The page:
Me VS the rock.
When my younger son took up rock climbing a few years ago, I wasn’t entirely supportive. I thought, You couldn’t take up bowling or, I dunno, chess?
When he talked about climbing, I played my mom card with an occasional gasp and fearful noises. He finally made it clear that my attitude was annoying, so I stopped. I started encouraging him. Eventually, I told him I’d like to try it sometime—indoor climbing, that is.
“Sometime” happened over Christmas. I wanted our family to celebrate the season with shared experiences, not just gifts. I’d have been perfectly happy with tickets to The Nutcracker, but when you’re trying to enlist the enthusiasm of a husband and two grown sons, ballet wouldn’t cut it. Rock climbing would, so that became the plan.
As a certified chicken, this was big. I rarely ride a bike because I’m afraid of falling. And the one time I tried cross-country skiing (because I’m WAY too scared to even consider downhill), I took off my skies to walk down an itty-bitty hill.
As it turned out, indoor rock climbing was much safer and less intimidating than I expected. There are harnesses and safety ropes and a belayer—a fellow climber on the ground—managing it all. It wasn’t a big deal after all; just an itty-bitty deal.
The really big deal happened midway up the rock on my second climb. I accidentally banged my knee on the rock. Not hard, but wow. Do knees have funny bones? If so, they’re not funny. The pain took my breath away and my whole leg shook for minutes afterward.
I couldn’t even yell down to tell my belayer why I wasn’t moving. All I could do was to hold on and wait for it to pass. That’s not exertion on my face, BTW, it’s pain.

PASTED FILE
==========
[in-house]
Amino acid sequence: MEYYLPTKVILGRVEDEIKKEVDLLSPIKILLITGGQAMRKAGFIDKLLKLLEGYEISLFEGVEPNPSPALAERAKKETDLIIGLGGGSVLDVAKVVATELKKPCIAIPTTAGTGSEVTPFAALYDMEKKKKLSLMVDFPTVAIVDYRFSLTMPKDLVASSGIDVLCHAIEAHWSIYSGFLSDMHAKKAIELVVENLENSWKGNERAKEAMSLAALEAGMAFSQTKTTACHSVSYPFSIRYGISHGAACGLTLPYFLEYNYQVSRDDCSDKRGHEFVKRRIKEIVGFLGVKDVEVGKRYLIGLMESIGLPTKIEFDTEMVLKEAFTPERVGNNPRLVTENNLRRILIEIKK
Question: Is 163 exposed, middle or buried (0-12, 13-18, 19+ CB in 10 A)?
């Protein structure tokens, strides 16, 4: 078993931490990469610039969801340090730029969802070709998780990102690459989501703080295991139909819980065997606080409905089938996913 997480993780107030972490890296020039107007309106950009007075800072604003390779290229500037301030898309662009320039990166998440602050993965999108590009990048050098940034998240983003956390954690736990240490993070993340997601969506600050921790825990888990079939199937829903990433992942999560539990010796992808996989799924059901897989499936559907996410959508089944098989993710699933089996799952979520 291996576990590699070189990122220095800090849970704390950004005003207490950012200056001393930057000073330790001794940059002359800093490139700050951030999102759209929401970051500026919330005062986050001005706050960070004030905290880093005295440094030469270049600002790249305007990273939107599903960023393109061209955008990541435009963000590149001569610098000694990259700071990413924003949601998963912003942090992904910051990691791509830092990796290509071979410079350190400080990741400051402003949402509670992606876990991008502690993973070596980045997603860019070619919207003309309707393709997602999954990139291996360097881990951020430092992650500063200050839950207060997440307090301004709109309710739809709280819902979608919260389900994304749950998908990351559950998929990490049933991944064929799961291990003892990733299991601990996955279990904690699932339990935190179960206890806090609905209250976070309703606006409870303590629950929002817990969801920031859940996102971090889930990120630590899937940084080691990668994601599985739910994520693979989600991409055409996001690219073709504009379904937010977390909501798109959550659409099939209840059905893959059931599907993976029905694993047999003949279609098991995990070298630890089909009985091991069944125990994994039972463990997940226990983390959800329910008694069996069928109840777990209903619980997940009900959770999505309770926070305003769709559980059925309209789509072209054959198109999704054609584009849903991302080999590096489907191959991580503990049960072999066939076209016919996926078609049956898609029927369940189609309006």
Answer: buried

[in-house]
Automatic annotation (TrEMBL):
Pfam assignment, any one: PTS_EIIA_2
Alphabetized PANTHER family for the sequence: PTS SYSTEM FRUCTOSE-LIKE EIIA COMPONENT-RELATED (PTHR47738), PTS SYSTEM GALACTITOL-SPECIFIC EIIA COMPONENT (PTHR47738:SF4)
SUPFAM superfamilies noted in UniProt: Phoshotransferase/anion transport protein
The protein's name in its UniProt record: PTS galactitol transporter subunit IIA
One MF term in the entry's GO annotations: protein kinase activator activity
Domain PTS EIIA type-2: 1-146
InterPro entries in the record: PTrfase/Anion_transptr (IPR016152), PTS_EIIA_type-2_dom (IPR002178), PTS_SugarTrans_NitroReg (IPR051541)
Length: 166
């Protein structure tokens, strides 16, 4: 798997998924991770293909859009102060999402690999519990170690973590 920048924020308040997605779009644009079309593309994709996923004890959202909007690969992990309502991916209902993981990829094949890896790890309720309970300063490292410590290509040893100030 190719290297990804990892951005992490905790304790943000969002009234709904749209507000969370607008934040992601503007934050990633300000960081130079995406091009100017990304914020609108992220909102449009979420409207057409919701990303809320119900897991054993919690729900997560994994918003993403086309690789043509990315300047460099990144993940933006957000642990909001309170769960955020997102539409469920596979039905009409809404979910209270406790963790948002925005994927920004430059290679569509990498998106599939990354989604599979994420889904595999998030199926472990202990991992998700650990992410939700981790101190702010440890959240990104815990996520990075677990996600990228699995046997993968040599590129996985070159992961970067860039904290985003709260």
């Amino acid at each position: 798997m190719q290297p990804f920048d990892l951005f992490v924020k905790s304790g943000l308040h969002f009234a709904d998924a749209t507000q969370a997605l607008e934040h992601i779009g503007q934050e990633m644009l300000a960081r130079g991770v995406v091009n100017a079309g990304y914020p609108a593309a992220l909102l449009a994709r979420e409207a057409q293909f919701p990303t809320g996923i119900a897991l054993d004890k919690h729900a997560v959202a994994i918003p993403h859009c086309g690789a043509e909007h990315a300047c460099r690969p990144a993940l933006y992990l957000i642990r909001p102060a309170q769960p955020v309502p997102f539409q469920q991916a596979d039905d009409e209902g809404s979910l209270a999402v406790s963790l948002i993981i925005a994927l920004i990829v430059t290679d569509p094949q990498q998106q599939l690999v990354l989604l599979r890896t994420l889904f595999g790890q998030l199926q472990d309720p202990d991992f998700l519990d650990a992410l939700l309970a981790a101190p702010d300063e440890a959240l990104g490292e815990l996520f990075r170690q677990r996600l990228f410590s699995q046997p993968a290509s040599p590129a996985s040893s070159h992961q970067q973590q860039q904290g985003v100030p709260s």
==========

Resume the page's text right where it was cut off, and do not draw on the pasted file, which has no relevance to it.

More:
My body was momentarily paralyzed but my mind was busy.
I can’t do it. My leg won’t hold me. I’m going to have to come down. I’ll have to quit.
I felt so defeated. It was another family outing ruined.
Just a few days prior, we had reservations for dinner and tickets to a comedy show. It was our “big” Christmas gift to ourselves. But my chronic illness choose that day to tangle and jangle up my insides worse than a knotted rope and we had to cancel our plans.
My guys were supportive, but I was distraught. My year had been full of cancelled plans and ruined experiences, and this one was the pinnacle of ruination. But there was nothing I could do; there was no fighting it. So I pulled myself together, we got take-out, made a fire, and played a board game. We were together. It was Christmas. How could I complain?
Several days later, my chronic illness cooperated and I was psyched to redeem myself with family rock climbing. Until the bang of the knee.
Finally catching my breath, I yelled down that I hurt my knee. My husband asked if I wanted to come down. I said, “I don’t know.”
I pictured letting go, leaning back and rapelling down. I pictured me standing on the floor below, having quit.
I didn’t want to be that me. I didn’t want to be her. Again.
I was literally stuck between a rock and a hard place. The hard place was defeat.
Something within me decided that this time, defeat was not acceptable. I don’t always have control over my chronic illness, but I knew I had control over a banged knee.
Waiting until my leg stopped shaking, I yelled down, “OK, you got me, Steve?”
I took a tentative step up to another foothold. Then another. And another. It was hard, and it hurt, but I did it. When I reached the pinnacle, I slapped the top of that fake rock like I had climbed Mt. Everest.
It felt so good, my chest swelled with pride as it heaved with breathlessness. I almost started crying with joy and relief right there, but I sucked the tears back in because nothing would have made my son avoid family rock climbing in the future more than a public display of my ugly cry. “Leaky faucet,” he used to call me.
Call me what you want. I was a winner that day.
I beat the rock and the hard place.
When so much of my life is beyond my control, that opportunity to conquer defeat was priceless. With my ego and my psyche so fragile, I needed that win.
My adventure reminded me that I have the wisdom to know when not to fight—when I need to let go, to breathe, to just be.
And just as importantly, it taught me that I have the wisdom to know when to fight like hell.
And when I do fight, I’m a warrior.